He’s almost twenty years old now, so he tries to play down how much he was into those movies. But they helped to form his world as much as the other ones made up my own. Maybe his mom and dad were never getting back together, but those battle stats would always be the same. He and his sister could only come out once a month, but Commander Cody was there every week.

Yeah, I owned four through six, but the first three were his.

We’ve been going to see the new ones together.

And the girl I’ve been calling my stepdaughter, she’s been watching them with me too. I wondered how it was going to be, now that her mother and I don’t share an address anymore. I was in the car, on my way to see my son . . . to see The Rise of Skywalker . . . when I got a text from her. She went away to college last year, but she’s home for Christmas.

Hey, do you want to go see Star Wars with me? she asked.

There were tears in my eyes. Of course.

And there’s my dad . . .

We were never that close. I was too much off in my head, my own galaxy far, far away, while he was always so practical. He could fix a car, but all I could do was write a story. Sometimes I wonder if it could have ever been different for us. Sometimes I wish so many things.

But he knows that I get nervous on the road, so he told me to be careful.

Told me to enjoy the movie with my son, because he knows it all ends too soon.

So the lights go down and the music starts and it’s me and my child . . .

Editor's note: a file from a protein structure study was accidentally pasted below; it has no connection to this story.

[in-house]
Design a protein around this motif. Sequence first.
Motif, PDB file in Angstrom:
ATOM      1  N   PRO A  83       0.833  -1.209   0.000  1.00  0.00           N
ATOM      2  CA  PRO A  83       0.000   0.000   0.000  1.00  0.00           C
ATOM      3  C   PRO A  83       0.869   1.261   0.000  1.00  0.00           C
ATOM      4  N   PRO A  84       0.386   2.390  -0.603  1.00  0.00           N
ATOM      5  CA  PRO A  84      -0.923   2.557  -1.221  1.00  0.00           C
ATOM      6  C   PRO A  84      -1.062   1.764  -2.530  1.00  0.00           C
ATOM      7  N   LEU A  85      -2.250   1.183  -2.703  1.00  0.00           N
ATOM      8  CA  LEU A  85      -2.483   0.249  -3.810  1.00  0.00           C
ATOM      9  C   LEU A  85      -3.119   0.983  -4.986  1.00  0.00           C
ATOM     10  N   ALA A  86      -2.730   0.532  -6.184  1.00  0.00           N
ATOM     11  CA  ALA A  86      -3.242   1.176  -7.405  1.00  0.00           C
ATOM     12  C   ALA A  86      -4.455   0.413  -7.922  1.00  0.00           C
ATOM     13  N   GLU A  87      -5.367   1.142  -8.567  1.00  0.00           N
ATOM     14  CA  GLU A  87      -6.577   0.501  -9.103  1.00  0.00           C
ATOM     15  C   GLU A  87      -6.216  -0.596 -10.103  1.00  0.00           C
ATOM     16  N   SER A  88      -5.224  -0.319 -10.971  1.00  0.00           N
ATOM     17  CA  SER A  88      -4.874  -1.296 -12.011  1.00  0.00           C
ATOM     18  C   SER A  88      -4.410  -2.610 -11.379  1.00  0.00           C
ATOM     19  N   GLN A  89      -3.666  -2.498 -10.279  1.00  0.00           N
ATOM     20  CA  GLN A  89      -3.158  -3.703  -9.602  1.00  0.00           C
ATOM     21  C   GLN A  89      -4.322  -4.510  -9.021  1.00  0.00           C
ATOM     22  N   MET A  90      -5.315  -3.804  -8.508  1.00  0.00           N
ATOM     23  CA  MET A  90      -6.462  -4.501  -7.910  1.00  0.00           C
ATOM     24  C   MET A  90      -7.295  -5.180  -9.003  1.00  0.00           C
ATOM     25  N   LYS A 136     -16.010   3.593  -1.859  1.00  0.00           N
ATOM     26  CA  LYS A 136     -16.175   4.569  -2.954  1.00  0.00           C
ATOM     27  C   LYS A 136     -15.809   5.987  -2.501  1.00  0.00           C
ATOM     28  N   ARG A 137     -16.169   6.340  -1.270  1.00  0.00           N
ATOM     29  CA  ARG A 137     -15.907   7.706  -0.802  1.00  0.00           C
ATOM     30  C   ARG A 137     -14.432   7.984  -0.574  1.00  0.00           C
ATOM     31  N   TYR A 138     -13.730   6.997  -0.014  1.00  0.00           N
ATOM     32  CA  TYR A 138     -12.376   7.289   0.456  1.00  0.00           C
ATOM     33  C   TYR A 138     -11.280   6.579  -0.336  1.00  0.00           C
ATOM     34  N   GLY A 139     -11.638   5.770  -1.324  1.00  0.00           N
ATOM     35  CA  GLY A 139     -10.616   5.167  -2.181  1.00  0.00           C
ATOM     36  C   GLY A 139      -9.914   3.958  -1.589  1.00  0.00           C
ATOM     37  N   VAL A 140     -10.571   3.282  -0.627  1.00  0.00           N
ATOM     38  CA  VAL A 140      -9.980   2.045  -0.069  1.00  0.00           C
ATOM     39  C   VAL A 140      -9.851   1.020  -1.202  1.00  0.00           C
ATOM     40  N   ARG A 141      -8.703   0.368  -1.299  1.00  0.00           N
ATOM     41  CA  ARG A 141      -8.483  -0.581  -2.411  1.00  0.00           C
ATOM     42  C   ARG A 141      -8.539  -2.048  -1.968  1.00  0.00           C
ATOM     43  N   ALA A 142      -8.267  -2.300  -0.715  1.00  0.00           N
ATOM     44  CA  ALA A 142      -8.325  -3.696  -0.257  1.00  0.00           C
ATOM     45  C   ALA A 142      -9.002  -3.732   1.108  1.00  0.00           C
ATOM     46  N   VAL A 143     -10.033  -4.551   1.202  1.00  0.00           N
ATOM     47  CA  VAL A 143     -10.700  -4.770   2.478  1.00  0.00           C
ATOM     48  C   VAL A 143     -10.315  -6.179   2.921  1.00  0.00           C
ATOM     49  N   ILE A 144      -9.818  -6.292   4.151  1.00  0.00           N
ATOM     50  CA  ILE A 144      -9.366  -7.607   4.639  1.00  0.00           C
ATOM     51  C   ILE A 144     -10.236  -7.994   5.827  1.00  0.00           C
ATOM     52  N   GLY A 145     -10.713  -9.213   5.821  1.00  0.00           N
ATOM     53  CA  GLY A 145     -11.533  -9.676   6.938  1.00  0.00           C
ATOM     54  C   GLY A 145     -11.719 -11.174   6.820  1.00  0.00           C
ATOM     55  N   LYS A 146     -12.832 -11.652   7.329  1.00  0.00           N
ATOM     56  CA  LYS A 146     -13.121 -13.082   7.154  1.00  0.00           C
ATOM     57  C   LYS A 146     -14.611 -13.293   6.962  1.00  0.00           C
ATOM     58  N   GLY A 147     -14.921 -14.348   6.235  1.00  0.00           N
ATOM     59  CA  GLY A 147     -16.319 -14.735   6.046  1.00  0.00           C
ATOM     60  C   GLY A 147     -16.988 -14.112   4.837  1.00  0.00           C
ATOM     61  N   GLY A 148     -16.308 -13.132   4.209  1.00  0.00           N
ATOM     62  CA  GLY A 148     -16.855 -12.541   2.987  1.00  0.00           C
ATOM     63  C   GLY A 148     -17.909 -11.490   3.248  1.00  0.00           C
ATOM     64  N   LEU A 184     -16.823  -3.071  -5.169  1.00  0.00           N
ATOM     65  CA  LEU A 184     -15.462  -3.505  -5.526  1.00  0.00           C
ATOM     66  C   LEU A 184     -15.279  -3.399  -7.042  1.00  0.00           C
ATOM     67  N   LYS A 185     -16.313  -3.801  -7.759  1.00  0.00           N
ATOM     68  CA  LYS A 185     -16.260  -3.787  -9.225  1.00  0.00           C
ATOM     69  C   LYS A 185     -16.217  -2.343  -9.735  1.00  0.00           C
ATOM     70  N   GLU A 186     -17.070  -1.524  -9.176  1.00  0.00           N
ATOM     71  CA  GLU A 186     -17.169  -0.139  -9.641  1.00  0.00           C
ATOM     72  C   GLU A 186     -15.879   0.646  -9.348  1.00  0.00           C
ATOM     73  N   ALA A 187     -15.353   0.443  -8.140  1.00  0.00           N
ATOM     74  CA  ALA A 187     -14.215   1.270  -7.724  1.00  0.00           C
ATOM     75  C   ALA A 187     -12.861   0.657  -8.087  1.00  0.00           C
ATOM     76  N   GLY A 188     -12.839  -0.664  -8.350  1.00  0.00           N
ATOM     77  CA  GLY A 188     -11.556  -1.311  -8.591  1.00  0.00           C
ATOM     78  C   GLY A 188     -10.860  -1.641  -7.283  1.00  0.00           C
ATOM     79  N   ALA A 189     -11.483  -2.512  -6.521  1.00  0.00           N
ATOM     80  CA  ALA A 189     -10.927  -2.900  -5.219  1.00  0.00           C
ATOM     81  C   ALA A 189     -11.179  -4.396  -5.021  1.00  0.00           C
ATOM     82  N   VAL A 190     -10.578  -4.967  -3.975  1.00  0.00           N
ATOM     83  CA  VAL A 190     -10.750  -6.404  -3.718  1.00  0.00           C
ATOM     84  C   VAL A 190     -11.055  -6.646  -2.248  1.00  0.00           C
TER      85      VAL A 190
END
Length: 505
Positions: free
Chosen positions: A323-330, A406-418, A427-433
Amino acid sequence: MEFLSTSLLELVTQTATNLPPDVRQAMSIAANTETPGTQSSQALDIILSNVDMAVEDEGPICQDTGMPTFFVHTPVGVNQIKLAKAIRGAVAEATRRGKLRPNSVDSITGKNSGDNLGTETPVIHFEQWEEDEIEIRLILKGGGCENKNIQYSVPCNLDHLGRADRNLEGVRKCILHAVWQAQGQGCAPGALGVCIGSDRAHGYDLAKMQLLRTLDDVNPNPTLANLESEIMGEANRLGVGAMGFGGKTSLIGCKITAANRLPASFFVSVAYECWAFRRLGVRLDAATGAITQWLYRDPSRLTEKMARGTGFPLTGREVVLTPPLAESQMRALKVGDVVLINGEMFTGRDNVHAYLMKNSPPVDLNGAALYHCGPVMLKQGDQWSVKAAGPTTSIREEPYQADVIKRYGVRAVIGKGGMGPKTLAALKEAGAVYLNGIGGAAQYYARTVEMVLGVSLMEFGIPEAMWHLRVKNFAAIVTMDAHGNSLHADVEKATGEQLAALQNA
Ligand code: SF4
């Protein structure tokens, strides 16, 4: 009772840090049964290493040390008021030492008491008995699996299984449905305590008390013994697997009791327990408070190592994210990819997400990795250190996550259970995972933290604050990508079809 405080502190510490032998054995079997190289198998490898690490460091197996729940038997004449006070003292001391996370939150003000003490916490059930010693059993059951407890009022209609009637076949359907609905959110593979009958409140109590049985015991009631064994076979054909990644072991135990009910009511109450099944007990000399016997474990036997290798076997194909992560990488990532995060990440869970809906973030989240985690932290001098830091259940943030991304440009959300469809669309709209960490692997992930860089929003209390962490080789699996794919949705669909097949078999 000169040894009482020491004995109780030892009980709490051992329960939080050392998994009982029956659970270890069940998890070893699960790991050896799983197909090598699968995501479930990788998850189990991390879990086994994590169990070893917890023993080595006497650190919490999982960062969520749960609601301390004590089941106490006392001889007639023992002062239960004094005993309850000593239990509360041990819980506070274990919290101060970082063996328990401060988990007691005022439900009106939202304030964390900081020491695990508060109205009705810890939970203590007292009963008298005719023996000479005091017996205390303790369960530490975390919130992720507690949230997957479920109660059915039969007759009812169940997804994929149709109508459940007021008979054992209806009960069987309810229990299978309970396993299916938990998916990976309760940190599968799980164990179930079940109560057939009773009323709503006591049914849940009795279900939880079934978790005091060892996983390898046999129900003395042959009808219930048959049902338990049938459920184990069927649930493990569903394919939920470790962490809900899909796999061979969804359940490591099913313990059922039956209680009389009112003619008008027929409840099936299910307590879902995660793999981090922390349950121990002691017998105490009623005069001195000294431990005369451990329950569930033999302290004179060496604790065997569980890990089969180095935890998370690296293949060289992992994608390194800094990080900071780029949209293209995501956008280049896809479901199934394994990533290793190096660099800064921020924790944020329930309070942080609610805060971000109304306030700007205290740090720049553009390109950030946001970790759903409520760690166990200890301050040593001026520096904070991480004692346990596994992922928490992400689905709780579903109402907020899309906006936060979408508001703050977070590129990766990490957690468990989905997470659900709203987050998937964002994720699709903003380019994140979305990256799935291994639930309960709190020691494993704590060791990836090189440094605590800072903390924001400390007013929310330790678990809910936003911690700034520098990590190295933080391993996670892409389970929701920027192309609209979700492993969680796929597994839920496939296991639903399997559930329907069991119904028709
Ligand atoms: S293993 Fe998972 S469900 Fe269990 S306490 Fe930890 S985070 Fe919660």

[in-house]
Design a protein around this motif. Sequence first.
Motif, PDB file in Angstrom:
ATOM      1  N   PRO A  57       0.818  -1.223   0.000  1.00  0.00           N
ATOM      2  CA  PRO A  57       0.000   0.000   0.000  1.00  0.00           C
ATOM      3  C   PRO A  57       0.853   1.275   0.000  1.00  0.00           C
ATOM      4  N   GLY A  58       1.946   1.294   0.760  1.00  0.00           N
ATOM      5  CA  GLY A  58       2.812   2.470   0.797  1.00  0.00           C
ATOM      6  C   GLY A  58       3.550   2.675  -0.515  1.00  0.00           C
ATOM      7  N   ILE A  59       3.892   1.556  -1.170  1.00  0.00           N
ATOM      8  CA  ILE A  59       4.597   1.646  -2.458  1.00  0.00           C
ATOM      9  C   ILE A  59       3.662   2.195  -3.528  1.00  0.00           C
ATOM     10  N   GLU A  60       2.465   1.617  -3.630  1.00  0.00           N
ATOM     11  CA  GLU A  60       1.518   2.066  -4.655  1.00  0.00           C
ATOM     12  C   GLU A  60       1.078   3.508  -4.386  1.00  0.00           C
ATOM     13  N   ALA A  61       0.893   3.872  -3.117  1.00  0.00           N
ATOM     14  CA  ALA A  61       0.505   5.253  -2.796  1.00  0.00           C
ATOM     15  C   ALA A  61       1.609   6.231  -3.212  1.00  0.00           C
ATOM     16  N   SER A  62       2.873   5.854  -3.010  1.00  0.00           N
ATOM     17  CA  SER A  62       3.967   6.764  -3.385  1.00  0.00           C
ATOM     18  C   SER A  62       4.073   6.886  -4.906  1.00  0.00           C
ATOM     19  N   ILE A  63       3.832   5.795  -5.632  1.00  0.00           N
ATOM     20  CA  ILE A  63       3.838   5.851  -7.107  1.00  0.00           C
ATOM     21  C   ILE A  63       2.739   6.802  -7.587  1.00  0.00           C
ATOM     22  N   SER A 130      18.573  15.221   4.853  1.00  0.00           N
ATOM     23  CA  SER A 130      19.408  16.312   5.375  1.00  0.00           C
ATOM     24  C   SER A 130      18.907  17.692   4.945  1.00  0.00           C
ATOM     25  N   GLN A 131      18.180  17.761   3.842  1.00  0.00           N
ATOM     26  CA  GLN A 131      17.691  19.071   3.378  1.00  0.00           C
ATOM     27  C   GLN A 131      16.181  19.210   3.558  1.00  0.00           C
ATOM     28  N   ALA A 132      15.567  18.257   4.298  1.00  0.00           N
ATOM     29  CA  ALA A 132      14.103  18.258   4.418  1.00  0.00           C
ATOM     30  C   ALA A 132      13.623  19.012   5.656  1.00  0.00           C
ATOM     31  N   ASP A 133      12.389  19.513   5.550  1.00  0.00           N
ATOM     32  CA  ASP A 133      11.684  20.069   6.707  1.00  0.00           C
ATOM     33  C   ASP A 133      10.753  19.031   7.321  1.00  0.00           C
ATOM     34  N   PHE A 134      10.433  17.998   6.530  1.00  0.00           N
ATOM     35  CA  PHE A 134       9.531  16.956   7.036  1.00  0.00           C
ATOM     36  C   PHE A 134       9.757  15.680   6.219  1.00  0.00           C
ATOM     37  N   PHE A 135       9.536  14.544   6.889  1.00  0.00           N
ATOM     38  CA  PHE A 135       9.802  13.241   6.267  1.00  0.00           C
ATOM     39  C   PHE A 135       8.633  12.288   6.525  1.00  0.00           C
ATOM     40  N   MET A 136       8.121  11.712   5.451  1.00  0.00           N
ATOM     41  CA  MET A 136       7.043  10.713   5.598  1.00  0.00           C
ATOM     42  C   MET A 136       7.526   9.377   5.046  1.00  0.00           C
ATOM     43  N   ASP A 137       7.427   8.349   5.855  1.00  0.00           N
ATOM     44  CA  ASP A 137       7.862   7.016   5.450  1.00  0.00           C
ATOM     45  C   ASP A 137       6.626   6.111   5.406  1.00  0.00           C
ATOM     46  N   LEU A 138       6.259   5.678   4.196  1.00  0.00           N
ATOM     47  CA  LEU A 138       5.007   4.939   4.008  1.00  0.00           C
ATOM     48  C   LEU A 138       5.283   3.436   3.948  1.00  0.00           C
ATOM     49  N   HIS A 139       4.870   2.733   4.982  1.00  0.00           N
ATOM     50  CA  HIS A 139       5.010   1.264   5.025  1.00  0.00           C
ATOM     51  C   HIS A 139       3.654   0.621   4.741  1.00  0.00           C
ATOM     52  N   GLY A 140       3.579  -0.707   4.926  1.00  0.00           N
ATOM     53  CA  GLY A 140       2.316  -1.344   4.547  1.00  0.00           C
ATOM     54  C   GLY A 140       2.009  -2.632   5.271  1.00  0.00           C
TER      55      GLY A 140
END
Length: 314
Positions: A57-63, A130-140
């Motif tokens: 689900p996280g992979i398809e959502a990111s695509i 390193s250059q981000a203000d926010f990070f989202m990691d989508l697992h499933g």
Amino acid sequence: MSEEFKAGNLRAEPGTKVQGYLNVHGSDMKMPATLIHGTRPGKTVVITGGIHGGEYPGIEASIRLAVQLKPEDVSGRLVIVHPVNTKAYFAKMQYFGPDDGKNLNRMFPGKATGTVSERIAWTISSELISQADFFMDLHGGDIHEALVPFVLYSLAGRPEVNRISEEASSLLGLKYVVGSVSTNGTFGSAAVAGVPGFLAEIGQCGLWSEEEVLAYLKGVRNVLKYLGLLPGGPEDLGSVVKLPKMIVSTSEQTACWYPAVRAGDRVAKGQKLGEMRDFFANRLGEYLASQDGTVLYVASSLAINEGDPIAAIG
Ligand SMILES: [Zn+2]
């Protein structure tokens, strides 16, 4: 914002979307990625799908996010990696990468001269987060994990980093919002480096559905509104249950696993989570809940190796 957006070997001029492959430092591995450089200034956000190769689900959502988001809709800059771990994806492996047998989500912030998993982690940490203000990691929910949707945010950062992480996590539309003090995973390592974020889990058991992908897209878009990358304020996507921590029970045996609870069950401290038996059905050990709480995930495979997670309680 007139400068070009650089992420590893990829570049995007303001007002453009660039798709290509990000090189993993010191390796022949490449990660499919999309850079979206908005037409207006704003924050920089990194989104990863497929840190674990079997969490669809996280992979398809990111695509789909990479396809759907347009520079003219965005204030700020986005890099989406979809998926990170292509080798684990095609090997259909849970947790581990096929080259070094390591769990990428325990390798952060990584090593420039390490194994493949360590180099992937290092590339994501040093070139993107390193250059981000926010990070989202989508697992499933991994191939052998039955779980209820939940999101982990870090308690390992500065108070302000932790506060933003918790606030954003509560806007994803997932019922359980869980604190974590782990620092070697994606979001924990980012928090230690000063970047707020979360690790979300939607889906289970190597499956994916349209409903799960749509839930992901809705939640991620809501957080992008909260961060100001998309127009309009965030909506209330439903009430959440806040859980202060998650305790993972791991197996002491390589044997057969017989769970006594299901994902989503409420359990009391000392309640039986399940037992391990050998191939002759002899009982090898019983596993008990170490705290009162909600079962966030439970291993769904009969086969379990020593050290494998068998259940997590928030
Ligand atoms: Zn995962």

And it’s Star Wars, like it’s always been Star Wars.

And it’s great and it’s terrible, but that doesn’t really matter.

It doesn’t matter that it’s stupid for the Emperor to be back, that he was doing who-knows-what for thirty years. Because that evil voice croaks out of the darkness and we’ve both got goosebumps. It doesn’t matter that Rey still isn’t as interesting character as we want her to be. Because Luke wasn’t that interesting either. It doesn’t matter that there’s gonna be another massive weapon that has to be defeated, this episode’s version of the Death Star, because we’ve come to expect it.

It matters that we see lightsabers, and that there are some raucous dogfights in space, despite the fact there’s really no sound.

It matters that Death Star wreckage dropped to the Endor moon, that my son nudges me because I’d just been bitching about the Ewoks. Or that I nudge him back when a couple of the little fuckers finally appear.

It matters that Threepio says he’s taking one last look . . . at his friends . . . and I’m thinking about everything, from my kids to my father to the families that will never be . . . and I’ve got tears in my damn eyes.

Or that Kylo has just chosen the path of goodness . . . and his father’s voice rises from behind him . . .

It matters that I’m alone tonight, on Christmas Eve . . . but it matters more that I’m okay with it. Because I’ve seen all of these amazing things, in other worlds as well as in my own, and it’s all just part of one overflowing and convoluted saga of life . . . and me and my son and my stepdaughter all think that it should have ended with Rey’s death . . . that the hero doesn’t always win, not without maybe losing something too . . .

Because it all matters, and it doesn’t . . .

And maybe it all sucks, but that surely doesn’t matter.

Because for just a moment, when those lights go down and that music comes up, it really is like anything is possible . . . anything could happen, from miracles to redemption . . . and I don’t care how stupid any of it sounds, but if there’s such a thing as the Force . . . I want to believe in it.